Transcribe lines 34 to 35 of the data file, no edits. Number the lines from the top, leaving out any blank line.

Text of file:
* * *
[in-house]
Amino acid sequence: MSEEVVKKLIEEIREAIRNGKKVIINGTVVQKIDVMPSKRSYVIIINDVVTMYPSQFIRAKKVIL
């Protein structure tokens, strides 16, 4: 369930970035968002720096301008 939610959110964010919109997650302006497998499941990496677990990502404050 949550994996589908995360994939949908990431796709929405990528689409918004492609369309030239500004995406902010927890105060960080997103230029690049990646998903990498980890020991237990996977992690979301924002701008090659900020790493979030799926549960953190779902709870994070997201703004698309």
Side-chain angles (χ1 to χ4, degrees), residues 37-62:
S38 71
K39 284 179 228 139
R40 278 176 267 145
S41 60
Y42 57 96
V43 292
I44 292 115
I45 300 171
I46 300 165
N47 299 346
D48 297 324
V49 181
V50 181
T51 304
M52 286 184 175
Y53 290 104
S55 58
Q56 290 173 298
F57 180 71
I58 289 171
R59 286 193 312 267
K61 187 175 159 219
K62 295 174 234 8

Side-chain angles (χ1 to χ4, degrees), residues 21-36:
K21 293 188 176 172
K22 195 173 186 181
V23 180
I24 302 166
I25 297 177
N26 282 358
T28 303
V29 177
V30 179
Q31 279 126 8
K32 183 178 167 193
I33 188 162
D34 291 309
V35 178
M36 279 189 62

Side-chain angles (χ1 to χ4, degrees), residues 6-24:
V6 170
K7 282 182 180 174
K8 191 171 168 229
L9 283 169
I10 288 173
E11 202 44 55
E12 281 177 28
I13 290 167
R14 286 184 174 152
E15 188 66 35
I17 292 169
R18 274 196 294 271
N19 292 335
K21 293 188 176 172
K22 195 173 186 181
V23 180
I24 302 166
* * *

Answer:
N26 282 358
T28 303